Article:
Compare this to email marketing, which in this analogy is a bit like getting a regular spot on an open mic night. The people in the pub all decided to go to the open mic night because they quite like hearing your songs. They’re comfortably sitting and waiting to hear from you, and when it’s your turn to play, you’ve got their undivided attention.
But just like with busking, once you’ve played your set, someone else will come along to play their songs, so yours might get forgotten. Or maybe one day, the people in the audience decide they’d rather spend that evening learning French than listening to you play, so they unsubscribe.
This brings us to blogging. Blogging for your business is like recording a best-selling album. It doesn’t give you the immediate audience that busking does, but it means that anyone in the world can find your songs, at any time of day via the internet. And when they do, they can listen over and over again, as much as they like.
In doing this, they can become a raving fan, waiting to hear when they can buy tickets to come to your concerts, without you doing anything more than playing your song once to record it.
So even if social media, or email marketing, or any other channel or strategy is bringing you clients, it’s worth considering whether blogging might be a valuable tool to add to your arsenal.
It’s not about cutting out your other strategies, it’s about using blogs to complement your existing marketing, or perhaps to give it more longevity so that you can step back and spend a bit more time on your clients (or on relaxing!) than you do right now.
How to write blogs that generate leads
There are three things that every blog needs to do: inform, entertain, and build trust with your reader.
But there are so many different topics and approaches you can employ to do each of these three things! In my experience, it’s this freedom that causes overwhelm to creep in when you’re new to blogging.
Here are my top tips for turning your blog strategy into a lead-generating machine, and making sure you’re never short of inspiration for your next topic.
Repurpose content that worked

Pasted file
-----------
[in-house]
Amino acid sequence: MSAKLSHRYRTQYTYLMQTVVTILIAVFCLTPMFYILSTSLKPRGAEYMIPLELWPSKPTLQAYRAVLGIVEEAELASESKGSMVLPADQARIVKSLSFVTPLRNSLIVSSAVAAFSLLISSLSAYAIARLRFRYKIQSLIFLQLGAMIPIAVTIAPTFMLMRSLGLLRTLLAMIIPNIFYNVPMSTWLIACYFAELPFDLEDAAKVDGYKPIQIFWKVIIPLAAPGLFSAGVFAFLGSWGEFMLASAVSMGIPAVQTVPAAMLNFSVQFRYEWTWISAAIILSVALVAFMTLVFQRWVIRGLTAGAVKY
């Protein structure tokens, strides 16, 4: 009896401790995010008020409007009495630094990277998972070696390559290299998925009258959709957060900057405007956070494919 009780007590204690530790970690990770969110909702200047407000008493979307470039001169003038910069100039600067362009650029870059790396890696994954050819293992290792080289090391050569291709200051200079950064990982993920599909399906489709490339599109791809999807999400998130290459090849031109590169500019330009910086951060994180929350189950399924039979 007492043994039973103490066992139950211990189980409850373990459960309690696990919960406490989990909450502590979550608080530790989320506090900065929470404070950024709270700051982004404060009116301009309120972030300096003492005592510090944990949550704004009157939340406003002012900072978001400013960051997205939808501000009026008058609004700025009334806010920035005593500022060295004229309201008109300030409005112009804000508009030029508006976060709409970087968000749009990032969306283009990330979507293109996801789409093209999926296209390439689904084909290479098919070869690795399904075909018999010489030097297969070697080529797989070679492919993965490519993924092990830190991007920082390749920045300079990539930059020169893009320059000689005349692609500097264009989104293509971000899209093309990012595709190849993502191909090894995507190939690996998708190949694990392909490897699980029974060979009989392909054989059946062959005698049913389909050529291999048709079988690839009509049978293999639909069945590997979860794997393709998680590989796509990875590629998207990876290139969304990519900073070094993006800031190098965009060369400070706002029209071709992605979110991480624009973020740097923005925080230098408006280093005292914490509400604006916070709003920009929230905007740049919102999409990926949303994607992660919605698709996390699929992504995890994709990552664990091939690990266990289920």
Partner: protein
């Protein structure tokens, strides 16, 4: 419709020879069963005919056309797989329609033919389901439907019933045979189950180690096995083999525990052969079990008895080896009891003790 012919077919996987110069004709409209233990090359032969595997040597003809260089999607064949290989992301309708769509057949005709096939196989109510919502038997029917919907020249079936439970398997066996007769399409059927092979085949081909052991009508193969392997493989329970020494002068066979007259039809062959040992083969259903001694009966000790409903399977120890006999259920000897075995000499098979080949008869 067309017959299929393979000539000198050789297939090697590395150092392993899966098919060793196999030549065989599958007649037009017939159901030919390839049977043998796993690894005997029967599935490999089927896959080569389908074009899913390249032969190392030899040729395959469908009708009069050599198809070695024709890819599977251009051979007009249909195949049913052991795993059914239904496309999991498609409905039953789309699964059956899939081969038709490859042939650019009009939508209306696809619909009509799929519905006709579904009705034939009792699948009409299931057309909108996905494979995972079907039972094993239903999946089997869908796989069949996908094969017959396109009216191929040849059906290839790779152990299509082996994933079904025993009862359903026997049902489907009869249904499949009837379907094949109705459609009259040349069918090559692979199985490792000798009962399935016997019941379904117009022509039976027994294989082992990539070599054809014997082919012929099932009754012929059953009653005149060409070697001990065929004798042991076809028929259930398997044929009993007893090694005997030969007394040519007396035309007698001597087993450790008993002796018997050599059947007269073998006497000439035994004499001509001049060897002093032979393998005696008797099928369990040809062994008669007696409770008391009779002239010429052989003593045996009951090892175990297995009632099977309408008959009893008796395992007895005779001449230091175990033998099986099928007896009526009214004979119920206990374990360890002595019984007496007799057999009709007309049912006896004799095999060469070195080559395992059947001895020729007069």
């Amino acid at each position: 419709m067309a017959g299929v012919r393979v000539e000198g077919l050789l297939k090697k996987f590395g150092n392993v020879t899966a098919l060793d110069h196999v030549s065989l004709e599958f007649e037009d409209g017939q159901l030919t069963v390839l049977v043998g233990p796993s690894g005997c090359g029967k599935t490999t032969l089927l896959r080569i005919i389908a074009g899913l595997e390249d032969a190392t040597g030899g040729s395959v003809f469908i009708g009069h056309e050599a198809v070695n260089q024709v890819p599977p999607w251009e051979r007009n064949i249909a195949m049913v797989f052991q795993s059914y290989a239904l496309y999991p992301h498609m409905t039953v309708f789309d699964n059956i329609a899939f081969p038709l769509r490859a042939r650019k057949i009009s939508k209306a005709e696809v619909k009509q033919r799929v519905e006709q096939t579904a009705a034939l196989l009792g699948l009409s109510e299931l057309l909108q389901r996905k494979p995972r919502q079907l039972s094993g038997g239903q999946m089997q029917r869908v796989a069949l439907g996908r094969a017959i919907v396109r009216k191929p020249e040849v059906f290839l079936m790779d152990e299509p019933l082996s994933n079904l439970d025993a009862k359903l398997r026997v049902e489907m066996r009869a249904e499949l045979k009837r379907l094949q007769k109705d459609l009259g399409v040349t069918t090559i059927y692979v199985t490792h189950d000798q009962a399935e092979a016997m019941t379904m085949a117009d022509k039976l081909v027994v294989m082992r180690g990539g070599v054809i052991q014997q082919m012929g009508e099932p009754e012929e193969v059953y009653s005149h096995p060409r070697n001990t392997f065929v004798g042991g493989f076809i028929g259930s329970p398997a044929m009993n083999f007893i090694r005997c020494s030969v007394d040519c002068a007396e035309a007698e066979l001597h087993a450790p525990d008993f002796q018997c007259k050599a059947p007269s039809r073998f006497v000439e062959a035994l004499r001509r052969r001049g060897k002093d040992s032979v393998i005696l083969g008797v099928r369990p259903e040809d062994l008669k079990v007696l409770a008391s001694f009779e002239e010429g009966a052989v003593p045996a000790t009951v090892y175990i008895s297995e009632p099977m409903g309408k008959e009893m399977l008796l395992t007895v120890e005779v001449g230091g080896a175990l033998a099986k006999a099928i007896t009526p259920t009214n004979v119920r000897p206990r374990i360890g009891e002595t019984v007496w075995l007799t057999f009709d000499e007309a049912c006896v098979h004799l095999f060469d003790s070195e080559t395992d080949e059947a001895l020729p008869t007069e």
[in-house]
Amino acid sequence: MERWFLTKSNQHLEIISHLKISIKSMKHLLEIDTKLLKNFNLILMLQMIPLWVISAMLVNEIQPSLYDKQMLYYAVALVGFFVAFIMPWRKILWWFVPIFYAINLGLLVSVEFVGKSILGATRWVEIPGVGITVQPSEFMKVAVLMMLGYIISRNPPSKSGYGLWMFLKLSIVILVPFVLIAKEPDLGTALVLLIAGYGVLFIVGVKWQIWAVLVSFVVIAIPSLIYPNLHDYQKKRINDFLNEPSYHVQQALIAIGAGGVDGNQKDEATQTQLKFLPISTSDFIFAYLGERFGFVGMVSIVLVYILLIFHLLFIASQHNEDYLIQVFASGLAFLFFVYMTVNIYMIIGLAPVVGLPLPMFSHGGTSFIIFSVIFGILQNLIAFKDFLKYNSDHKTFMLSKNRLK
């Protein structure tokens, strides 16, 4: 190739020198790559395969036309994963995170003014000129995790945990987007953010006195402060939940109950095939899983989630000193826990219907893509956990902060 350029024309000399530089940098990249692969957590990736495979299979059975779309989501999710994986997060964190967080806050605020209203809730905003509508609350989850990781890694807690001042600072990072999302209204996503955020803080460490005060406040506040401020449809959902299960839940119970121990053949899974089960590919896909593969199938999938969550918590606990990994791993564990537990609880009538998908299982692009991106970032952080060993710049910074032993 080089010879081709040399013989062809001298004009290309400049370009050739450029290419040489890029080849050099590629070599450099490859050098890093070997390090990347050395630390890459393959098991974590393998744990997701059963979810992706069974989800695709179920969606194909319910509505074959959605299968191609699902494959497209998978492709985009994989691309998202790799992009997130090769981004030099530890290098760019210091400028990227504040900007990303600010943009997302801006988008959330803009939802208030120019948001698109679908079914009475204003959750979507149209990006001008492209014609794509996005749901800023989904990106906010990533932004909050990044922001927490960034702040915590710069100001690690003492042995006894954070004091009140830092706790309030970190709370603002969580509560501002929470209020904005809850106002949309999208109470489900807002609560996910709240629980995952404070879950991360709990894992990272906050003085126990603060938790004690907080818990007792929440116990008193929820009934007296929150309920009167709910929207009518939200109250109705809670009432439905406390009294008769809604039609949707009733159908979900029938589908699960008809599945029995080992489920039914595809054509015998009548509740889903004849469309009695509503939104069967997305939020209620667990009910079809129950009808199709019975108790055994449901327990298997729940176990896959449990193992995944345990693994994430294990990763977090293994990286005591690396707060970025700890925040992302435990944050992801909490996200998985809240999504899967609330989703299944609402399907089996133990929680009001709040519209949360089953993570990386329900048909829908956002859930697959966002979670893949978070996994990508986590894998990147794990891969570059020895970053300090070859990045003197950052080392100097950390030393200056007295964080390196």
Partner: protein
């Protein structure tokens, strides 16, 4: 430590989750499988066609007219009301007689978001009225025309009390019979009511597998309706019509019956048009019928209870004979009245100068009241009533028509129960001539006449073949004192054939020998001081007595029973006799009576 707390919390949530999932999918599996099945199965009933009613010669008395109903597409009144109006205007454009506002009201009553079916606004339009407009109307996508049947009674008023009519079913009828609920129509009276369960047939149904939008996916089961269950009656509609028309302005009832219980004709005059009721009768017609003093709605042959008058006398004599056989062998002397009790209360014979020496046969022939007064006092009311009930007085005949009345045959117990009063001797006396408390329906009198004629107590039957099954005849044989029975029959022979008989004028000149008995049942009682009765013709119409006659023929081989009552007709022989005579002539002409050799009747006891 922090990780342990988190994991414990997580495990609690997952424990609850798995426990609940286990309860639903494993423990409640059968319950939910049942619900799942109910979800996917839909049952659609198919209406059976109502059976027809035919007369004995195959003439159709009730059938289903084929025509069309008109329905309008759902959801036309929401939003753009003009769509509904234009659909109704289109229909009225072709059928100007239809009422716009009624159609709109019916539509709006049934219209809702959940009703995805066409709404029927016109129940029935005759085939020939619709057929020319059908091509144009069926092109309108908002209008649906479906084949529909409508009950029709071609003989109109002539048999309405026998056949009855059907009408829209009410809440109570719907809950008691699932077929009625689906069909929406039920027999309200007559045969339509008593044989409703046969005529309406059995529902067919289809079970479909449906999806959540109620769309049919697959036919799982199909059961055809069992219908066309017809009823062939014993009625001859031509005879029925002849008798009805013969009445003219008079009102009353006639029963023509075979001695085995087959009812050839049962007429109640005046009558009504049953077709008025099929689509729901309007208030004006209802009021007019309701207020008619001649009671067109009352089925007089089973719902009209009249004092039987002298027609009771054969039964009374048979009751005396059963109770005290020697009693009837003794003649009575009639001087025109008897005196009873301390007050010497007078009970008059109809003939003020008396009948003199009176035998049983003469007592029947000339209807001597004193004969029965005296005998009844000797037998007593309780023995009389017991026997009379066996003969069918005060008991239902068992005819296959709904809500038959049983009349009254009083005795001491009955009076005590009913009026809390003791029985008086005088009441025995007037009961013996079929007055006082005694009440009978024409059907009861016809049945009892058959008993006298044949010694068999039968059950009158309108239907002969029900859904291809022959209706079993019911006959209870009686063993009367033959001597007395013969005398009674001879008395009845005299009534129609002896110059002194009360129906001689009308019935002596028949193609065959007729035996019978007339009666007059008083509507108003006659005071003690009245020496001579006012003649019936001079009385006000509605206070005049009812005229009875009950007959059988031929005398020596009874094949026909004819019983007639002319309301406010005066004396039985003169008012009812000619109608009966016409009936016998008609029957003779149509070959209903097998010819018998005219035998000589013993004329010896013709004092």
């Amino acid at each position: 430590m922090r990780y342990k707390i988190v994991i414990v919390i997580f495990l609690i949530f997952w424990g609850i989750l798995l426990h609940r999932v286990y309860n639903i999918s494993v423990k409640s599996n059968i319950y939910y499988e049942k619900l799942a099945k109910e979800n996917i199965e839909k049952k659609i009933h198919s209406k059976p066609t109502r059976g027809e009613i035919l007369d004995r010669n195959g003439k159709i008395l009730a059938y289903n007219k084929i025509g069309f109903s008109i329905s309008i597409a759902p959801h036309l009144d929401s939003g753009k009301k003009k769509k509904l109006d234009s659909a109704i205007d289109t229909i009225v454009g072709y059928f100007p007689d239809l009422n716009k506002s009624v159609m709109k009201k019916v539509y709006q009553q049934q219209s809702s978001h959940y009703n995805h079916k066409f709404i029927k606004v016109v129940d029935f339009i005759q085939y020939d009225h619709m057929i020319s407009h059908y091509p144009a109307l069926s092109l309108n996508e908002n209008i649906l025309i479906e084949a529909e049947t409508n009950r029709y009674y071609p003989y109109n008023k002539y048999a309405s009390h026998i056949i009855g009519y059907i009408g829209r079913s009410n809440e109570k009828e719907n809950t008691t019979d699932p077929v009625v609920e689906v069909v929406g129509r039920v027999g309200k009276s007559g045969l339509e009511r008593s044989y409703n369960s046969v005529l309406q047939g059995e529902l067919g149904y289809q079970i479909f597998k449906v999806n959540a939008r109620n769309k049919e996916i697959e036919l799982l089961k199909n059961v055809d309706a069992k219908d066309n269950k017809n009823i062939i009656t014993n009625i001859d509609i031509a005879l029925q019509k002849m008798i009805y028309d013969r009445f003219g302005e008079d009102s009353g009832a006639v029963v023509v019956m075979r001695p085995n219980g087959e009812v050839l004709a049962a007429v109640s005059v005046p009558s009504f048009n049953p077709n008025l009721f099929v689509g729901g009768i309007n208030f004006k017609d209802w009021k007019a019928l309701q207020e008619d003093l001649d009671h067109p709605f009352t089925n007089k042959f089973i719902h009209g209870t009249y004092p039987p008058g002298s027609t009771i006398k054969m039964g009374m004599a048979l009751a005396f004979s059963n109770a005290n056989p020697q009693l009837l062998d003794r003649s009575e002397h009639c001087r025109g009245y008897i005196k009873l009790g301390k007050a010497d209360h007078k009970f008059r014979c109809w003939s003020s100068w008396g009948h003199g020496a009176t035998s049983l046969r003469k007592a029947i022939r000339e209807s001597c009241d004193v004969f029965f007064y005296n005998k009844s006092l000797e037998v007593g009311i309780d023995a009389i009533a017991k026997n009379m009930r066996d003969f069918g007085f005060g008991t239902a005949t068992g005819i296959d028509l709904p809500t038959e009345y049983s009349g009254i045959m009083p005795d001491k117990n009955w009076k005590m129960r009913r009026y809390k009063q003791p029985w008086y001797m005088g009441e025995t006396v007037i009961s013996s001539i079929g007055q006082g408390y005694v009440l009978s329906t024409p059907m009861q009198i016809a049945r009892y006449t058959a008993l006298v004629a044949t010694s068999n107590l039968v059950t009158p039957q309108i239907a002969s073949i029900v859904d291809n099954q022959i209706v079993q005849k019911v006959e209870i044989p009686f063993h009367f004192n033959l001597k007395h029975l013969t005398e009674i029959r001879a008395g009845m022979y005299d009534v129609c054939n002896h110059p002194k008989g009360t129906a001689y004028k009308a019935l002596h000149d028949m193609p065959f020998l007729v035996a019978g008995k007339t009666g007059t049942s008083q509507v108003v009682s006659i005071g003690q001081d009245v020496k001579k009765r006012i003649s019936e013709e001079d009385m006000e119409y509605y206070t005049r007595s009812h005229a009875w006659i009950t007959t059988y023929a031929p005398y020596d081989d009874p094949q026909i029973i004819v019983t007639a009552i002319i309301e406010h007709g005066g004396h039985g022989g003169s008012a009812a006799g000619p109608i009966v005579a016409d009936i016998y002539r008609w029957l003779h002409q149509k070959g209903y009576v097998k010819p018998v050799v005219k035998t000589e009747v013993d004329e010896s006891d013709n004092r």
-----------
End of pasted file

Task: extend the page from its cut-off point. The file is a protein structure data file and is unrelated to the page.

Choose a social post that got loads of engagement. Add an intro and a call to action (CTA) at the end, and dig deeper into the topic. Add some subheadings and some links if that feels right.
- Transcribe a live video or a podcast you recorded. This isn’t always as easy as it sounds, because speech is very different from written text. But, if you feel confident cutting through the waffle (yes, we all do it!), this could be a game-changer.
- Expand on the pages of your website, e.g. About Me, Services. Use blogging to make this information more shareable, or turn it into a story that’s more engaging to read.
Answer common objections
Every time you hear a “no” on a sales call, or a question about your service, use this as inspiration for new long-form content. In the blog, explain what the objection is and your answer to it, so that the reader can decide whether the service is right for them based on the facts.
- By using your blog in this way, you can nip the objections in the bud, so that by the time your new lead reaches out to you, they’re pretty much ready to buy!
This is my second favourite topic to blog about, beaten only by…
Talk about yourself!
Personal stories and anecdotes are incredibly powerful pieces of content because they build your know/like/trust factor.
- Ideally pick stories that your audience will be able to relate to so that they start to see you as a friend. For example, did you used to struggle with the same problem that you help with? Or do you have any interests or hobbies that your ideal client might share?
If you’re eager to learn more about how to write blogs that will grow and nurture your audience into warm leads, I’d love to invite you to join my free FB group Blog Magic: Blogging Hints and Tips for Coaches, Consultants, and Counsellors! In there, I offer support, training, and inspiration to help you show up in your content with confidence. You’ll even have the opportunity to share your blogs with the group for added visibility.
Or, find out more about me and my blog-writing services at www.katie-earl-editing.co.uk